- Treatment Plan: Hypertravelosis
- Step #1: Determine Why You Want To Travel
- Step #2: What Do You Want/Need Out of Travel Nursing
- Step #3: Where and When Are You Willing to Go
- Step #4: Understanding the Myths
- Step #5: Know Your Deal-breakers
- Step #6: Building your Travel Portfolio
- Step #7: Research Travel Nurse agencies
- Step #8: Submission of Your Profile
- Step #9: Working With Your Recruiter (s)
- Step #10 Prepare For the Interview
- Step #11 Preliminary Contract Negotiations
- Step #12: Determine if The Job is A Good Fit
- Step #13: Sealing the Deal
- Step #14 Getting Ready for The Journey
- Step #15: Packing for the Travel Nurse
- Step #16: Prepare Your Vehicle
- Step #17: Keeping Track of the Paperwork
- Step #18: Make It A Great Road-Trip
- Step # 19 Arrival on Location
- Step # 20 Settling In (unpacking and finding the necessities)
- Step # 21 The countdown Begins: Your Travel Nurse Assignment Day One
- Step # 22 How to Make the Most of Your Travel Nurse Contract
- Step #23 Travel Nurse Contract – 8 Weeks to go…
- Step #24 Travel Nurse Contract – 4 Weeks to go…
- Step #25 Travel Nurse Contract – 2 Weeks to go…
- Step #27 Travel Nurse Contract Evaluation – Wash, Rinse, Repeat…
- Step #26 Travel Nurse Contract – The Final Week
As a travel nurse, it’s important to remember that your next job search is never going to be far in the future. It’s generally at about week 6 of my Travel Nurse Contract – 8 weeks left; that I begin to explore my options for the next contract.
There is a certain process and timing that I go through when on contract. Yours may be similar, totally different or perhaps you are a new traveler and don’t even know where to start. I’ve mentioned before that there is an acclimation phase to the start of every contract. Everyone acclimates differently and on a different time frame.
Generally speaking; by week 6 (with 8 weeks left on contract) most travelers have acclimated to the hospital environment and are beginning to explore and have some fun outside of work. If you’re not….GET OUT of the apartment and explore!!
But what about the next contract? Do you want to stay where you are? Are there openings? Hate the location or facility and want to search out something new? Perhaps you have realized that Travel Nursing isn’t for you….you’re ready to go back to a staff position? Now is the time for you to start asking yourself these questions.
There is no one ‘right’ answer for the above questions. It’s all about how the job position ‘fits’ you. Begin looking at the job and determine if it’s a good fit for you. There are no decisions that need to be made at this point. Right now, I just want you to be aware of the upcoming job search. I guess, you could consider this a ‘friendly reminder’ that you need to always be looking a bit into the future.
Here are a few questions to keep in mind:
- Are there opportunities to extend where I am currently?
- Do I like the job/location well enough to extend?
- Do I want to continue Travel Nursing?
- Are there any Life Events coming up that would occur during the next contract? Anything that might require you to be in a certain area of the country or perhaps off contract?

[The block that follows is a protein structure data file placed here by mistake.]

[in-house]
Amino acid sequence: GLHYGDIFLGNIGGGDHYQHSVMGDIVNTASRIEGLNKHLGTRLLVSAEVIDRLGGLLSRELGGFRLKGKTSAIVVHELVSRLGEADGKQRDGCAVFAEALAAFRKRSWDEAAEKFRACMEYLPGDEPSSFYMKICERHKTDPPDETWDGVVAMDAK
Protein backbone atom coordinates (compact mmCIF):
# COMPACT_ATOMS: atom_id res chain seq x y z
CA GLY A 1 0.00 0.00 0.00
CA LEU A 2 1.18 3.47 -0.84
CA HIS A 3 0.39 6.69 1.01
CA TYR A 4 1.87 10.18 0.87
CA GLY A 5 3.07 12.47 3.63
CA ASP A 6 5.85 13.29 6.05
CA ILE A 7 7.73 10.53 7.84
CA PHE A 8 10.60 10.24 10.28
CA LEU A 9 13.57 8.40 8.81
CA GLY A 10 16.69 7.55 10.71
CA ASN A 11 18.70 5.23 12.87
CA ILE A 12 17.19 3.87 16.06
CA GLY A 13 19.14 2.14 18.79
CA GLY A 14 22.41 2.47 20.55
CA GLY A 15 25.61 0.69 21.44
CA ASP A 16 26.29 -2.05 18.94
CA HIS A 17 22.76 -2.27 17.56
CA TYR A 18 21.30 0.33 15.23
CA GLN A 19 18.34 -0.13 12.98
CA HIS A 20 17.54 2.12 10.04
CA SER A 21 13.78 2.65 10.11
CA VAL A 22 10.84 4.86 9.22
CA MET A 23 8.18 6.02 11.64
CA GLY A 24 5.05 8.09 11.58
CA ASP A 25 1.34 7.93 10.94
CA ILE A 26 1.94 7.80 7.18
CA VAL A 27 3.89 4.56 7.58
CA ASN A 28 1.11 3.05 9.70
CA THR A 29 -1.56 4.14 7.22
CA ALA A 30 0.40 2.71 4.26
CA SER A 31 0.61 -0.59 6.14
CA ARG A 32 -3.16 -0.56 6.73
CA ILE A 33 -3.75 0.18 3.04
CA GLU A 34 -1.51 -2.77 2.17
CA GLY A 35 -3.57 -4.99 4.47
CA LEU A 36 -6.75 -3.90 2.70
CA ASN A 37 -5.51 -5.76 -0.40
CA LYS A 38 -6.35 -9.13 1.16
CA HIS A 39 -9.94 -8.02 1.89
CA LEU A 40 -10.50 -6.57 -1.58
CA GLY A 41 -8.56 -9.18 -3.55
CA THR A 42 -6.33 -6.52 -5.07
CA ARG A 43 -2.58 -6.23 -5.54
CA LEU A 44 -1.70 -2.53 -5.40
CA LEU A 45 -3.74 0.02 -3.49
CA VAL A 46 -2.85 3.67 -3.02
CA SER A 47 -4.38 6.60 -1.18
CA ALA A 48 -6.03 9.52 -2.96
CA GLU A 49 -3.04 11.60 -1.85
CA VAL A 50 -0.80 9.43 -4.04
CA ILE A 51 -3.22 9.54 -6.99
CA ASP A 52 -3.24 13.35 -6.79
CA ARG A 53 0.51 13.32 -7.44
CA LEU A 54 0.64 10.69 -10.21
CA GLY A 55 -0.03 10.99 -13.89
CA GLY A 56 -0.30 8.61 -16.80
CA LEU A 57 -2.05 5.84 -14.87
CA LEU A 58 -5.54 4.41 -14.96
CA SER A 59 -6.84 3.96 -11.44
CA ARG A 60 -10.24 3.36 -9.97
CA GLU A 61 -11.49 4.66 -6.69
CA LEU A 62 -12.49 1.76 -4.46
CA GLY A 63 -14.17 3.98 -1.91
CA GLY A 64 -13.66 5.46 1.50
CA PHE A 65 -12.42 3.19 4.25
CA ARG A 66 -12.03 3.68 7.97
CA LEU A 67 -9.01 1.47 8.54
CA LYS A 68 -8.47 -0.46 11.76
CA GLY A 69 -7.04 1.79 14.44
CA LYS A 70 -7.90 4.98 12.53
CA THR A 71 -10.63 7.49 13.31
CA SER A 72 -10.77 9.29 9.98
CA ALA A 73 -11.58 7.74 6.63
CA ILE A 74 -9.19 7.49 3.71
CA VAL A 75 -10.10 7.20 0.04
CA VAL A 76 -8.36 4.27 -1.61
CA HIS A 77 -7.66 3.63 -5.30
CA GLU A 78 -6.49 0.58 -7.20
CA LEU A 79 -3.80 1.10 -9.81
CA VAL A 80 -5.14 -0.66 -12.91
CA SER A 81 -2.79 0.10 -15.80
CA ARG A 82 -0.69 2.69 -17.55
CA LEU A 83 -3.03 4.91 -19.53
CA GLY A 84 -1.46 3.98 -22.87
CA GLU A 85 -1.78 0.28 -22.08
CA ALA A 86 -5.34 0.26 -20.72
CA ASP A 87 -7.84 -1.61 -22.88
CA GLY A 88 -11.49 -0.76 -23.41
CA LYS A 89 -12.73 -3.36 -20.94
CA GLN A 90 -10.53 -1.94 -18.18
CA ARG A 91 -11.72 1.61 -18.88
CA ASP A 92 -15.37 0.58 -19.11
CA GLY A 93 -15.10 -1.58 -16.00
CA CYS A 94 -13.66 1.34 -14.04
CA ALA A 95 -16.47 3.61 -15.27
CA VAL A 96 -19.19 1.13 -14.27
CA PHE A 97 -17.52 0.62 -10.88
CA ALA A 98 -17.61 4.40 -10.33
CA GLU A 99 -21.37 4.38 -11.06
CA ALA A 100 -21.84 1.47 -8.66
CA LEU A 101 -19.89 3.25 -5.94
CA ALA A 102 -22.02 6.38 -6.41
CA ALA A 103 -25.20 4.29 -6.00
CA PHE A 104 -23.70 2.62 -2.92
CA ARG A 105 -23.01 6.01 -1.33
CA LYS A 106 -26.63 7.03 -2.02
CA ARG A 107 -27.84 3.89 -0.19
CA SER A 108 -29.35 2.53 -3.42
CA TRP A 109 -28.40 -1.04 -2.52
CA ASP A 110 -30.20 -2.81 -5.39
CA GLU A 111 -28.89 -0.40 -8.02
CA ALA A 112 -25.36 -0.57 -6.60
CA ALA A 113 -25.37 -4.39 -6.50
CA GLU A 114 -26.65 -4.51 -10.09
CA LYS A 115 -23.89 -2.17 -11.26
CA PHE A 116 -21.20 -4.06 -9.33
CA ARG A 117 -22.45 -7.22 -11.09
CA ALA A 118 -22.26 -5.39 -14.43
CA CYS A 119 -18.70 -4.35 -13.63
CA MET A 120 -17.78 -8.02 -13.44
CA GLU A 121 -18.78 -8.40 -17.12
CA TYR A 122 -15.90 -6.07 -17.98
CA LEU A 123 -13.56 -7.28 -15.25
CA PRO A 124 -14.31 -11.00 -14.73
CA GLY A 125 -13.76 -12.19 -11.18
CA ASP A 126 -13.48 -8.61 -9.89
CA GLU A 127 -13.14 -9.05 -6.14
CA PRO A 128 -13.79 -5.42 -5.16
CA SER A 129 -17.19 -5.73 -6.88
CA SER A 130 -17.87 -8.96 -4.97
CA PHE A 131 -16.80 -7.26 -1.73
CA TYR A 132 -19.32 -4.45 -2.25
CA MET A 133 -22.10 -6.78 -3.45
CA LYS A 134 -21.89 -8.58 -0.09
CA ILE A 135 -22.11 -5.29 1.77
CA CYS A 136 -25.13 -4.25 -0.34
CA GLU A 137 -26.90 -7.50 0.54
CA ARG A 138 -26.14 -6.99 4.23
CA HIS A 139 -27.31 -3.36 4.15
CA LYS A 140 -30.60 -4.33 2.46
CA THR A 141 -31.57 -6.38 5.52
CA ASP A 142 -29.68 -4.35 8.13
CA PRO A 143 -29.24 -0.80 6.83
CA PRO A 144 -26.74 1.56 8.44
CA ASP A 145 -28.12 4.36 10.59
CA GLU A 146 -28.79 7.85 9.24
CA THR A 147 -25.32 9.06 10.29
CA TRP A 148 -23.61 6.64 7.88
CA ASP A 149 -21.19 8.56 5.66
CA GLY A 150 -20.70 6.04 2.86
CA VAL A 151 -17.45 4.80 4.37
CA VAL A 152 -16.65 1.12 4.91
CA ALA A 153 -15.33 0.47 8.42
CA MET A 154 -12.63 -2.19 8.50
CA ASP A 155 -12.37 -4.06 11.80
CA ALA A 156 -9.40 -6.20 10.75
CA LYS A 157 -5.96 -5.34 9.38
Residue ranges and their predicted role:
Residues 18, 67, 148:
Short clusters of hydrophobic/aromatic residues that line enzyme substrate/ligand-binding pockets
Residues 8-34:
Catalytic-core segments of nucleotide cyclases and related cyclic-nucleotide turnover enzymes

- Are there enough local activities to keep you entertained if you extended?
- Where do you ‘want’ to go next?
During the next few weeks you should have given these questions some thought and have a general idea which direction you want to go next. I recommend that you touch base with your recruiter as well and give them some ‘vague’ updates ie “I really like it here and MIGHT consider an extension” or “I’m really looking forward to working with you on the next contract and ___ Sounds like a great area to explore next”.
The Next Most Important Thing…
Obtain a reference (or two). By this time, your manager and co-workers should have a good feel for the type of work you perform. If you have picked up an extra shift or went above and beyond in some way…this will only help your cause. Obtain a personal reference. I normally attempt to obtain a reference from a direct co-worker or supervisor (someone that actually works with me) as well as from my manager.
I utilize a generic ‘reference’ form that I simply make copies of. It’s a 1-5 rating on items like attendance, attention to detail, professionalism, clinical knowledge, etc. At the bottom of the form, there is room for comments and I encourage this section to be filled out. Nothing is better than a personal statement about your work performance. The form also includes the Hospital Name, Address, contact info as well as the name and title of the person filling out the form. I inform the person filling it out that this is for ‘my personal records’ and that the Staffing agency will likely have them fill out an evaluation for the agency.
These references are a valuable addition to your portfolio. Hold onto them and keep them up to date.
The current market is staffing about 2-4 weeks out but there are the occasional contracts that finalize earlier than this, so it’s never to early to start looking. So, keep these questions in the back of your mind and give them some thought while you’re searching out the best Cupcakes in town or deciding if you have the nerve to jump out of that airplane and skydive for the first time!
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